Most wheat markets fell about 4.5pc, other than the Black Sea which only lost 1.5pc. Soybeans dropped 4.5pc. Rapeseed weakened 3pc.
- Chicago wheat September contract down US38 cents per bushel to 846c/bu;
- Kansas wheat September contract down 38.25c/bu to 913.50c/bu;
- Minneapolis wheat September contract down 42c/bu to 948c/bu;
- MATIF wheat September contract down €15.75/t to €334.50/t;
- Black Sea wheat September contract down $5.75/t to $370.50/t;
- Corn September contract down 9c/bu to 619.75c/bu;
- Soybeans November contract down 62.75c/bu to 1395.25c/bu;
- Winnipeg canola November 2022 contract unchanged at $878.50/t;
- MATIF rapeseed November 2022 contract down €21.75/t to €673/t;
- ASX July 2022 wheat contract unchanged at A$418/t;
- ASX Jan 2023 wheat contract down $12.30/t to $426.70/t;
- AUD dollar weaker at US$0.682.
As has been the case through the entire conflict, for every bullish news article there is a bearish one following it up. Missiles striking near the port of Odeasa = bullish. Reports that Turkish President is jumping on a call with Vlad and Zelensky to nut out the export corridor = bearish. More chat around the amount of old crop Russian wheat that has been defaulted on = bullish. Russia’s new tax system should reduce the tax by as much as US$50/t = bearish. EU Wheat production has been dropped from 130 million tonnes (Mt) to 125Mt according to the EU commission = bullish. Ukrainian new crop being offered ex Romanian ports = bearish.
Funds continue to exit Ag commodities. Chicago wheat was 54usc/bu lower over the reporting period which led to the spec reducing their long position by 8,599 contracts. This subsequently puts them back into the middle of the range for this time of year. Given wheat is another 90usc/bu lower the spec would arguably be short now. While corn only dropped 1.25usc/bu over the reporting window, the spec shed 51,147 contracts, while soybeans cut 32,262 contracts. Both row crop contracts also suffered flat price losses, so it’s safe to assume they will see another week of unwinding when we get the data next Friday.
Japan is enduring one of its worst heat waves on record. Officials are urging people to keep their air-conditioners running to avoid heat stroke, though doing so could lead to potential power shortages. Japan’s aging population is especially vulnerable to heat stroke and exhaustion, and officials have attributed several deaths to the heat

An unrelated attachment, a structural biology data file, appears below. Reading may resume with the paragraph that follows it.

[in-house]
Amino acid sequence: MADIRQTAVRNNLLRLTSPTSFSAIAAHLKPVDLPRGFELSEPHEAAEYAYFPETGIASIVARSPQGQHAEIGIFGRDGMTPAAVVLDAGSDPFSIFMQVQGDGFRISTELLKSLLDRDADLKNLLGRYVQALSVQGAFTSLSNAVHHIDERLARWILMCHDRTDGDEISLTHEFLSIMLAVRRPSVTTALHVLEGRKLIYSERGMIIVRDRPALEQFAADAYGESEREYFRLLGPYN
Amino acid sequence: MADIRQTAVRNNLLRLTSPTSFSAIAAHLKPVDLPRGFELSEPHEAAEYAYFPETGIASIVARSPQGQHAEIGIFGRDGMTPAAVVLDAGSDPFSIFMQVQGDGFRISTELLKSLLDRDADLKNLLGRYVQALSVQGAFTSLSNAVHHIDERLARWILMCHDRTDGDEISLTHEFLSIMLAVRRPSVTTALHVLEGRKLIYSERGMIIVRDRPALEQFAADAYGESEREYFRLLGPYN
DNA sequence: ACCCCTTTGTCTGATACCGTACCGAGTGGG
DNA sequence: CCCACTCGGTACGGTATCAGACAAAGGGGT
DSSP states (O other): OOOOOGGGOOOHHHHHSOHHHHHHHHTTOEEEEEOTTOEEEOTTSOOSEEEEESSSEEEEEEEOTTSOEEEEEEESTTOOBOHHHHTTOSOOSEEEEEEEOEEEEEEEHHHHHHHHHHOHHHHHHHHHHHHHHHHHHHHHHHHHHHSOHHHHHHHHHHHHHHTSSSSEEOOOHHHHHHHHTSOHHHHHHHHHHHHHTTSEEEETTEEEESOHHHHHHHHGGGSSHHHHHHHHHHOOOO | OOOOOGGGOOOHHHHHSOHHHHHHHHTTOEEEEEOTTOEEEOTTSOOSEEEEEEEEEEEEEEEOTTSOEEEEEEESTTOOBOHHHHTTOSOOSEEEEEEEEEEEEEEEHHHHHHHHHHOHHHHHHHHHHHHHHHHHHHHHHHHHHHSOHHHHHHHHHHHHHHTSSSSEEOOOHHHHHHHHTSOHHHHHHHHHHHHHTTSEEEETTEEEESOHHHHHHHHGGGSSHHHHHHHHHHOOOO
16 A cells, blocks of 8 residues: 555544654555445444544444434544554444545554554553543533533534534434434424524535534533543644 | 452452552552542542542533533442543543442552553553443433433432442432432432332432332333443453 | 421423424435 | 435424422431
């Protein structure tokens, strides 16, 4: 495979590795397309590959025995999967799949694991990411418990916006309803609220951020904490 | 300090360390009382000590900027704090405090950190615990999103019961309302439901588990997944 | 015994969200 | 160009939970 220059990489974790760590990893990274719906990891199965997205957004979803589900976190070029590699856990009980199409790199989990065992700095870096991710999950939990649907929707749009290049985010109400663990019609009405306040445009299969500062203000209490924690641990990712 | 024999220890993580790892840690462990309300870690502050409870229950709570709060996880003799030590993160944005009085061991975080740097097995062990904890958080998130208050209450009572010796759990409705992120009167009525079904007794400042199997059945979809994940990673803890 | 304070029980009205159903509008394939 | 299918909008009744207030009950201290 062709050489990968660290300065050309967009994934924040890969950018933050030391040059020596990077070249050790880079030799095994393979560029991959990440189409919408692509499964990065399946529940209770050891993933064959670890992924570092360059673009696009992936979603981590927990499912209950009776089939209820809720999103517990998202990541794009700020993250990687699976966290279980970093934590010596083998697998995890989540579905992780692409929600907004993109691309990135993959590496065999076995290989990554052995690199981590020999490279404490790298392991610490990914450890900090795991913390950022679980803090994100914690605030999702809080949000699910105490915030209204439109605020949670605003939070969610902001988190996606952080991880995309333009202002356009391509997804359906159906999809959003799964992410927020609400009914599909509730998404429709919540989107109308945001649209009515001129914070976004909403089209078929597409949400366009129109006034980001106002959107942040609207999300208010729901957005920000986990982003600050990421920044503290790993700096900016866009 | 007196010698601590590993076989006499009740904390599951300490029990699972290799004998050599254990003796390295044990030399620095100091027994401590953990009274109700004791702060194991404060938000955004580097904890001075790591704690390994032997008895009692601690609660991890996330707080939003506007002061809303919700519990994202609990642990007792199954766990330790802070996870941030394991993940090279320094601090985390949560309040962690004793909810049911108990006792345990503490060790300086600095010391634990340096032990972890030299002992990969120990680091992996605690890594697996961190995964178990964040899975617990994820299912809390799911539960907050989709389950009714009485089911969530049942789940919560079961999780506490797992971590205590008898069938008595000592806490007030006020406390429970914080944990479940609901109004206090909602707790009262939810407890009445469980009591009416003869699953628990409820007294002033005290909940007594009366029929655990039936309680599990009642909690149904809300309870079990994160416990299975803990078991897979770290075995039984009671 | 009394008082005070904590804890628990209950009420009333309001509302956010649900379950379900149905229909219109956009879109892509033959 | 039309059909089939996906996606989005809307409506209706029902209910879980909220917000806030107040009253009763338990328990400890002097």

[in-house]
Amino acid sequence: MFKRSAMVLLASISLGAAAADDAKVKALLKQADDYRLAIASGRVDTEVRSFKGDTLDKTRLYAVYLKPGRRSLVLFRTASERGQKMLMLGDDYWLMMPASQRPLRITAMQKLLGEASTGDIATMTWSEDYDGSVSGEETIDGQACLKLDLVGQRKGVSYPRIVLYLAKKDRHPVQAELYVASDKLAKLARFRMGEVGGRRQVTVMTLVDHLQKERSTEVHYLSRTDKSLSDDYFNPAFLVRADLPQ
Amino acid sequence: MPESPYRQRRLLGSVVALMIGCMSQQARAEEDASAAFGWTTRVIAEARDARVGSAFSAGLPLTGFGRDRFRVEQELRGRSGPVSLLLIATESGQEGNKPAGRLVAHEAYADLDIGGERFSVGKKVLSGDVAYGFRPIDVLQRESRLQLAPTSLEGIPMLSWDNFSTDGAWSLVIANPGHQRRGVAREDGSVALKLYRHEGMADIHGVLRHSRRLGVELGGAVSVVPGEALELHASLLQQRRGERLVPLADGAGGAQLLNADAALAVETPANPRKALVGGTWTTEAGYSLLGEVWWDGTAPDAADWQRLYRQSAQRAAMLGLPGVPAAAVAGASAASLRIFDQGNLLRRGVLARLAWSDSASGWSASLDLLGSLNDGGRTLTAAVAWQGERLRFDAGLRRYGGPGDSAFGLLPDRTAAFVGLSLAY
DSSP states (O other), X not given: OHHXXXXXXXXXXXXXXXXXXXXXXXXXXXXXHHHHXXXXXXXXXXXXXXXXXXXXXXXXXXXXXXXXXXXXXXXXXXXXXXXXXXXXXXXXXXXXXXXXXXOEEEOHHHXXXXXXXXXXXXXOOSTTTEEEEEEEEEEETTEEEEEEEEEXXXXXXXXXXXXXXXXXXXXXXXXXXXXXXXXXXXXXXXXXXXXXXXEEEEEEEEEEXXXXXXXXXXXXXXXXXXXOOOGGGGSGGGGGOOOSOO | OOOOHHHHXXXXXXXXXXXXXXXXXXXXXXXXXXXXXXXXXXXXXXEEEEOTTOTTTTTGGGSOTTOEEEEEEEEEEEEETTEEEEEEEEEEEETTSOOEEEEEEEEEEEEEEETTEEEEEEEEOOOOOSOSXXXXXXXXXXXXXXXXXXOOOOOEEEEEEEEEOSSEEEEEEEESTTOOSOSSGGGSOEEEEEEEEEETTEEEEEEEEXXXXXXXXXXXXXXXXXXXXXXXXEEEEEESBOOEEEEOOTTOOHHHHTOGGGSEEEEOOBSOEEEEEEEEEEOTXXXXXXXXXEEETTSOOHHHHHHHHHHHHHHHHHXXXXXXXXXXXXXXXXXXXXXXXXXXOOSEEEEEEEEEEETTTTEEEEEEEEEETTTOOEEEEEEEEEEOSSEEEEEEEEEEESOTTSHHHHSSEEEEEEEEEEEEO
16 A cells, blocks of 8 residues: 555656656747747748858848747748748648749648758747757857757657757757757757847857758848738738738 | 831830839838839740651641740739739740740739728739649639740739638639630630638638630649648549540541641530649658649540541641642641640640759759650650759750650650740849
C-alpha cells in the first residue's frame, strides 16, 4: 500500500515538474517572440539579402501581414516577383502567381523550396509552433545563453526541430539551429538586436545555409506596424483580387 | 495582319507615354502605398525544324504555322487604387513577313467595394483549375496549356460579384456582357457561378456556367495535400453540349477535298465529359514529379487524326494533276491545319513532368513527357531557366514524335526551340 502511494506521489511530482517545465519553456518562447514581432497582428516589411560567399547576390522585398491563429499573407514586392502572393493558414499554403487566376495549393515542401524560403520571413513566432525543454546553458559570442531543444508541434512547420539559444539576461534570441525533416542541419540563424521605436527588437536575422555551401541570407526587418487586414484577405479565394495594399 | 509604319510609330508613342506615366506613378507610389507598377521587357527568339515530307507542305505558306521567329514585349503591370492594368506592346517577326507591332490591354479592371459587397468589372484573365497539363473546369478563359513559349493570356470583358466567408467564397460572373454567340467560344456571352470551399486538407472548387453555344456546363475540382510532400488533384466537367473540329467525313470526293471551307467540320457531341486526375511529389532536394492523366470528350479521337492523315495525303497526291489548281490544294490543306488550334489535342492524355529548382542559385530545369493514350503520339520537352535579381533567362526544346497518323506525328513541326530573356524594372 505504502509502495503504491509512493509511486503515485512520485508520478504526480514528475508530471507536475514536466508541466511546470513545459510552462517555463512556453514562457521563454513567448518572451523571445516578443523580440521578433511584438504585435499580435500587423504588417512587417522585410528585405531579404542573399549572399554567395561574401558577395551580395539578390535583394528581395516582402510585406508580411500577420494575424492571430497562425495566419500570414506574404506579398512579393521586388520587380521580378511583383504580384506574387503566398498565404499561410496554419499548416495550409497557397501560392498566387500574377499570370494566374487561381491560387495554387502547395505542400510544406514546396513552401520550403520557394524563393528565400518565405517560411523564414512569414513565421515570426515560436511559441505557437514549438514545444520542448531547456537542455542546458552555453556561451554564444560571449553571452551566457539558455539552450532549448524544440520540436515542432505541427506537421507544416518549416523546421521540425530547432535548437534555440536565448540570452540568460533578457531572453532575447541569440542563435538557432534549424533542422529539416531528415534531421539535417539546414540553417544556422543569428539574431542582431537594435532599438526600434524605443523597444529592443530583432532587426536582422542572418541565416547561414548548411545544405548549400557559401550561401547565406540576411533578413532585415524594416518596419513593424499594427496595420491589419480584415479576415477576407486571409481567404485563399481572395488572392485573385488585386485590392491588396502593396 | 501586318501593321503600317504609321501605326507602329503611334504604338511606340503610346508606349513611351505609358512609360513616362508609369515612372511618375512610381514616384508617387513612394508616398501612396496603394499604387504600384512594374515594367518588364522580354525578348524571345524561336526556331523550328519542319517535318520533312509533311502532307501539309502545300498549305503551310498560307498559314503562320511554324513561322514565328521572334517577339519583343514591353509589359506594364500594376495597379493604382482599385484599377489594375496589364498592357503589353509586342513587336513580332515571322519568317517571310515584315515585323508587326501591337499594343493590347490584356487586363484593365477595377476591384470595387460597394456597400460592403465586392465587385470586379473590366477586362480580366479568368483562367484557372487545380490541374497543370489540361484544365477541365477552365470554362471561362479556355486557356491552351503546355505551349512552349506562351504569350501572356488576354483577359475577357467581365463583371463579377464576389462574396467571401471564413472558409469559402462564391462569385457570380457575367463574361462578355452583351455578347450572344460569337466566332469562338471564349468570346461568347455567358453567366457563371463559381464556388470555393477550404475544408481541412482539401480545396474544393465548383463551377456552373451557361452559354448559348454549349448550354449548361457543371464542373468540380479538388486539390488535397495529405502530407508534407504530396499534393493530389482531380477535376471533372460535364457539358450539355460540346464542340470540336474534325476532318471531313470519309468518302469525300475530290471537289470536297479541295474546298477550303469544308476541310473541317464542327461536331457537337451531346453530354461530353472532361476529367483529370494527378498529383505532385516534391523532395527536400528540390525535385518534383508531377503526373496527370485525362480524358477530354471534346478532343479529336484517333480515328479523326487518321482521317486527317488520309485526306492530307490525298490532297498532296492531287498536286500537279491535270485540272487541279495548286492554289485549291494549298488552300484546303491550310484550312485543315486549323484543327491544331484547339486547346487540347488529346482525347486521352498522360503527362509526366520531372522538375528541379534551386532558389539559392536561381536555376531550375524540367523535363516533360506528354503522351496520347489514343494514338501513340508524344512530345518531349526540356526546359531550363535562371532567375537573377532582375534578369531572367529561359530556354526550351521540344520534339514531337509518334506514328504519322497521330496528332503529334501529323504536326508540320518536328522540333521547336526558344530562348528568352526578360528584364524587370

An Argentine trucker strike ended on Thursday after some unions upset with diesel shortages and prices reached a deal to lift the one-week protest around the major port of Rosario. This is expected to help the flow of grains for export. Some protests, however, could continue since some smaller trucker groups were not involved in the deal. Autoconvocados Unidos, one of the trucker unions participating in the strike called the lifting of the strike an act of good will.
Local markets drifted lower to round the week out. Wheat markets were off $20-30/t by the end of the week on new and old crop in a fickle market where liquidity is thin. We saw moments of buying interest in Western Australia over the week and bits and pieces on the East Coast. Barley and canola markets were sideways with barley finishing a touch lower for the week and canola rebounded $10/t on Friday on new crop but still remains volatile internationally.
There was no improvement to grain port congestion this week with wait times at Kwinana and Newcastle still out at 31 and 29 days respectively. Albany improved slightly with wait time down to 17 days and Port Lincoln increased from 7 to 14 days. There are currently 34 vessels anchored at ports around Australia.
Heavy rainfall over the weekend in parts of Queensland and New South Wales will certainly bring the late winter plant to an end. Showers are forecast to continue until Thursday in parts of central and northern NSW.